The ED physician suspected necrotizing fasciitis (NF), a rapidly progressive infection of the deep fascia with necrosis of the subcutaneous tissues. It usually occurs after surgery or trauma. Patients have erythema and pain disproportionate to the physical findings.
This patient had type I NF, a polymicrobial infection with aerobic and anaerobic bacteria. It is frequently caused by enteric Gram-negative pathogens including Enterobacteriaceae organisms and Bacteroides. It can also occur with Gram-positive organisms such as non–group A streptococci and Peptostreptococcus.
Risk factors for type I NF include diabetes, severe peripheral vascular disease, obesity, alcoholism, cirrhosis, intravenous drug use, decubitus ulcers, poor nutritional status, surgery, and penetrating trauma. Early recognition based on signs and symptoms is potentially lifesaving. Although lab tests and imaging studies can confirm one’s clinical impression, rapid treatment with antibiotics and surgery are crucial to improving survival.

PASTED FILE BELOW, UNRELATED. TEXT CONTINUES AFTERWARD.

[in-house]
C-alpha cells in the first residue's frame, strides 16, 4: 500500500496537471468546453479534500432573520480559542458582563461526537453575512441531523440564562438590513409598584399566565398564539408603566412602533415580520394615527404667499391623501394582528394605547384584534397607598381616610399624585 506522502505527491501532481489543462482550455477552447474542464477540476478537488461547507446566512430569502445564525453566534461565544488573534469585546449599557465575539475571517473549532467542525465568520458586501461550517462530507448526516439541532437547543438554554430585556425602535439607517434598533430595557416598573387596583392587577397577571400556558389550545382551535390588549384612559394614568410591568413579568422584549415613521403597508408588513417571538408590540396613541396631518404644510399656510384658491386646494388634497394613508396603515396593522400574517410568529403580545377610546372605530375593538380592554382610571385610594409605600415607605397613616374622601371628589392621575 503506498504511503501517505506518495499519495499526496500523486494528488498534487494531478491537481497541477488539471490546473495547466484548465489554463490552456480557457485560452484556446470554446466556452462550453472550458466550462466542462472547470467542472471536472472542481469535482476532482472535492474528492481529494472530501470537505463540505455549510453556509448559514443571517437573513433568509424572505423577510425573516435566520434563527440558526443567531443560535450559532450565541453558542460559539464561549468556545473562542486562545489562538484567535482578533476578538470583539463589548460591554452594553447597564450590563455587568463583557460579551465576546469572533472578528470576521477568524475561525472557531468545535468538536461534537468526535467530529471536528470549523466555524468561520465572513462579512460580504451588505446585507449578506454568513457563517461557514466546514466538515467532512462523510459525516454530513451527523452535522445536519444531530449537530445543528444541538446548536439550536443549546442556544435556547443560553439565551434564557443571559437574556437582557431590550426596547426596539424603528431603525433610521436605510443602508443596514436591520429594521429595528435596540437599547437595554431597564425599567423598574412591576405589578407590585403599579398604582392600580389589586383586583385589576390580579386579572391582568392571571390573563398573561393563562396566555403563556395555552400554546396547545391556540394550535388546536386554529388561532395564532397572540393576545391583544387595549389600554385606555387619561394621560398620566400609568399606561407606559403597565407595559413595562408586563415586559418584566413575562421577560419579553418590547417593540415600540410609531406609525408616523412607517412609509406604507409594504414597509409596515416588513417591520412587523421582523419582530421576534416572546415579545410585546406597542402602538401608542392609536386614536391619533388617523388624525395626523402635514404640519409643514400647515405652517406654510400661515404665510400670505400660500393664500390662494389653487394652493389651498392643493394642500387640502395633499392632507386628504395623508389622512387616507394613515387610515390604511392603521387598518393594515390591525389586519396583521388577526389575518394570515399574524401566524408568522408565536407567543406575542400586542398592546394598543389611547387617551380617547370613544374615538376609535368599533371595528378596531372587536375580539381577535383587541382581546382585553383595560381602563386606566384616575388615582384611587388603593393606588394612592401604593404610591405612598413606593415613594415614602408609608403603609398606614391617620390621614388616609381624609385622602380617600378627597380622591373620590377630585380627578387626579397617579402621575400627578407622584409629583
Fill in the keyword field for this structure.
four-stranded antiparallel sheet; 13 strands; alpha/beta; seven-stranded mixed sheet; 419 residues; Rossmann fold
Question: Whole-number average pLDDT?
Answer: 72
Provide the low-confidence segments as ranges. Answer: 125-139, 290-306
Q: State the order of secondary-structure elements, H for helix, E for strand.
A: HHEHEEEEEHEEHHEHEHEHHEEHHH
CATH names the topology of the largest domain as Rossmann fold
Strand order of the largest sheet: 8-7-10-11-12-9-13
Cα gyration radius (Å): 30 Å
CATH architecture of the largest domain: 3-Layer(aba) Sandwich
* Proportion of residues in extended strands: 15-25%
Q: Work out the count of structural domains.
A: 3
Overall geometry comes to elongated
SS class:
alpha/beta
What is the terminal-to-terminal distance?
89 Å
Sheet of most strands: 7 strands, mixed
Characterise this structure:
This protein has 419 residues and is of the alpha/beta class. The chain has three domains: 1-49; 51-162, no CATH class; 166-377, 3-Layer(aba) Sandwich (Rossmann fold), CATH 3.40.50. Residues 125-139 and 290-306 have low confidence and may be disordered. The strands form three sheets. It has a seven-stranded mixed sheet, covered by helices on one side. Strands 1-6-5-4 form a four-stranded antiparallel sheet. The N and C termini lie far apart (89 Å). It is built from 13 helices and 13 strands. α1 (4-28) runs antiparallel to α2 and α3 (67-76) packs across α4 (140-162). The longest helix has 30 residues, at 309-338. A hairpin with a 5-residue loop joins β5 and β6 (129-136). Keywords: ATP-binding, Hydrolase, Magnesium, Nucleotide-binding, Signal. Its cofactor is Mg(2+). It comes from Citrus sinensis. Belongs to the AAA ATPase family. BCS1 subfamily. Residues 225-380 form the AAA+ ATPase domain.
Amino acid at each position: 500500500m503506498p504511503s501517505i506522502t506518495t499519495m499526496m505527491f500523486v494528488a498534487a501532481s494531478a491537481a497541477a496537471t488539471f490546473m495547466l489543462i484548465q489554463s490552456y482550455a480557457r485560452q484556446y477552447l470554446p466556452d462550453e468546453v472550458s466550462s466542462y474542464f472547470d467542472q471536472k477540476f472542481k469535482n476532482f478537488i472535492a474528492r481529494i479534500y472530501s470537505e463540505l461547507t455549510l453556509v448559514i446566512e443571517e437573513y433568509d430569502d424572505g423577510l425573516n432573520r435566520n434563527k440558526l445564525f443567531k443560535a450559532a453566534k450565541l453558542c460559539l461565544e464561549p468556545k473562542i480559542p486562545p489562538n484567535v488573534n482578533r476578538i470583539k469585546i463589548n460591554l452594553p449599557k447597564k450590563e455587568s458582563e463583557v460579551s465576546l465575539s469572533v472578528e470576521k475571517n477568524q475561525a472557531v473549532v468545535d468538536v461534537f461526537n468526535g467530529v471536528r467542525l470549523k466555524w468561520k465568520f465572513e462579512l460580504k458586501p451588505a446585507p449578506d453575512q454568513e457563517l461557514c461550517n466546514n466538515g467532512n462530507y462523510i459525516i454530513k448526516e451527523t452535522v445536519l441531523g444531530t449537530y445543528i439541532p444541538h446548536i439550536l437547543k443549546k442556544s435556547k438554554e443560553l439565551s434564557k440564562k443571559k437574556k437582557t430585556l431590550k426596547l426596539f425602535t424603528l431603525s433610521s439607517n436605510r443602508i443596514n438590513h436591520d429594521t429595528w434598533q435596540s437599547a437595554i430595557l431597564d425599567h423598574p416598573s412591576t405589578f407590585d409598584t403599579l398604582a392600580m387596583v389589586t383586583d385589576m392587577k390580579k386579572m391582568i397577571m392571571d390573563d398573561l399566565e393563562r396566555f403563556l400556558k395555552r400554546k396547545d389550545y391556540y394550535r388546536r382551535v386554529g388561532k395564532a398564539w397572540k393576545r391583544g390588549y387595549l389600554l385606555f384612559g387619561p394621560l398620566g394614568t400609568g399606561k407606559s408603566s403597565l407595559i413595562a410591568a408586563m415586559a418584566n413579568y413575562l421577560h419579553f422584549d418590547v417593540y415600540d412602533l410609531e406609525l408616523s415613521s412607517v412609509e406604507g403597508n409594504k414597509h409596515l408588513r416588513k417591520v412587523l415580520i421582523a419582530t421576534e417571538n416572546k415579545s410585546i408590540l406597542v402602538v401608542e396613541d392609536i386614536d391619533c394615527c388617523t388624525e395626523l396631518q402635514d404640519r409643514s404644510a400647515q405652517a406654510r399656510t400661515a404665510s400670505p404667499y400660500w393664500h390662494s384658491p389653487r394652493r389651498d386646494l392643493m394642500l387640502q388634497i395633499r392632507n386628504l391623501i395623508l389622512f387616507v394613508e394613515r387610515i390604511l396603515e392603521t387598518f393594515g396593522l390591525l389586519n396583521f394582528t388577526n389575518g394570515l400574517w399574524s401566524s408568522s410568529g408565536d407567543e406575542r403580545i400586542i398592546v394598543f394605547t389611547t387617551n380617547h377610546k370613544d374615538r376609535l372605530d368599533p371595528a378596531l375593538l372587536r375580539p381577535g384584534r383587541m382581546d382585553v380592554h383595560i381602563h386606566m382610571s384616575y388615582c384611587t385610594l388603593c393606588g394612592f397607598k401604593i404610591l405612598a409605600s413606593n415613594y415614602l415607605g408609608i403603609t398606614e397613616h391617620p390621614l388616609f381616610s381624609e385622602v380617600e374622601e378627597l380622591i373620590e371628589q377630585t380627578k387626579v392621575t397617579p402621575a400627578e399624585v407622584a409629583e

The patient in this case was taken to the operating room for debridement of her NF. Broad-spectrum antibiotics were started, but the infection continued to quickly advance. The patient died the following day. Her wound culture later grew Escherichia coli, Proteus vulgaris, Corynebacterium, Enterococcus, Staphylococcus sp., and Peptostreptococcus.
Adapted from: Dufel S, Martino M. Simple cellulitis or a more serious infection? J Fam Pract. 2006;55:396-400.
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